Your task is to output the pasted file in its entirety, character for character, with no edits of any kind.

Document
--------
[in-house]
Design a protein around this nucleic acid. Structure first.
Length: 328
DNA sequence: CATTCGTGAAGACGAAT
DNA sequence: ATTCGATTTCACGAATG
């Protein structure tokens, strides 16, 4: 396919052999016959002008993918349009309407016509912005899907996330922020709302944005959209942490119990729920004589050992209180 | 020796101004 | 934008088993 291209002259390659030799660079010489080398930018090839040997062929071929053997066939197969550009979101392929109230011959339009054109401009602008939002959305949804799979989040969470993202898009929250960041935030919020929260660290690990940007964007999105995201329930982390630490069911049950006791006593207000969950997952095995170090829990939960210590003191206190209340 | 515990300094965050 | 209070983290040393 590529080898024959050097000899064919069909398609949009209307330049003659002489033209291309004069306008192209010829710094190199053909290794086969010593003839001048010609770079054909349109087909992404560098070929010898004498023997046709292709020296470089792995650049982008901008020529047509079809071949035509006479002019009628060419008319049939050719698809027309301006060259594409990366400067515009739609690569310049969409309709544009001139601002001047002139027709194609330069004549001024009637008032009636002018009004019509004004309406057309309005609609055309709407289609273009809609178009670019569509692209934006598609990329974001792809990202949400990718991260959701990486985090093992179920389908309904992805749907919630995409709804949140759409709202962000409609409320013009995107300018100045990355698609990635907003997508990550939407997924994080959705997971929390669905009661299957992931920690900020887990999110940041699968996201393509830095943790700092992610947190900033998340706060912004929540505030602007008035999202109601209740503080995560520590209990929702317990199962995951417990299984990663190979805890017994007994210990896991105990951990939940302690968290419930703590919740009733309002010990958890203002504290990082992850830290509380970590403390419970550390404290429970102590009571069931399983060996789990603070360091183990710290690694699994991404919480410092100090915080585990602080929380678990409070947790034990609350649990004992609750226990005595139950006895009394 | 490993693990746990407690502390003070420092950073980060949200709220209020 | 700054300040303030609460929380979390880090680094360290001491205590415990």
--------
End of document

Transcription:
[in-house]
Design a protein around this nucleic acid. Structure first.
Length: 328
DNA sequence: CATTCGTGAAGACGAAT
DNA sequence: ATTCGATTTCACGAATG
């Protein structure tokens, strides 16, 4: 396919052999016959002008993918349009309407016509912005899907996330922020709302944005959209942490119990729920004589050992209180 | 020796101004 | 934008088993 291209002259390659030799660079010489080398930018090839040997062929071929053997066939197969550009979101392929109230011959339009054109401009602008939002959305949804799979989040969470993202898009929250960041935030919020929260660290690990940007964007999105995201329930982390630490069911049950006791006593207000969950997952095995170090829990939960210590003191206190209340 | 515990300094965050 | 209070983290040393 590529080898024959050097000899064919069909398609949009209307330049003659002489033209291309004069306008192209010829710094190199053909290794086969010593003839001048010609770079054909349109087909992404560098070929010898004498023997046709292709020296470089792995650049982008901008020529047509079809071949035509006479002019009628060419008319049939050719698809027309301006060259594409990366400067515009739609690569310049969409309709544009001139601002001047002139027709194609330069004549001024009637008032009636002018009004019509004004309406057309309005609609055309709407289609273009809609178009670019569509692209934006598609990329974001792809990202949400990718991260959701990486985090093992179920389908309904992805749907919630995409709804949140759409709202962000409609409320013009995107300018100045990355698609990635907003997508990550939407997924994080959705997971929390669905009661299957992931920690900020887990999110940041699968996201393509830095943790700092992610947190900033998340706060912004929540505030602007008035999202109601209740503080995560520590209990929702317990199962995951417990299984990663190979805890017994007994210990896991105990951990939940302690968290419930703590919740009733309002010990958890203002504290990082992850830290509380970590403390419970550390404290429970102590009571069931399983060996789990603070360091183990710290690694699994991404919480410092100090915080585990602080929380678990409070947790034990609350649990004992609750226990005595139950006895009394 | 490993693990746990407690502390003070420092950073980060949200709220209020 | 700054300040303030609460929380979390880090680094360290001491205590415990």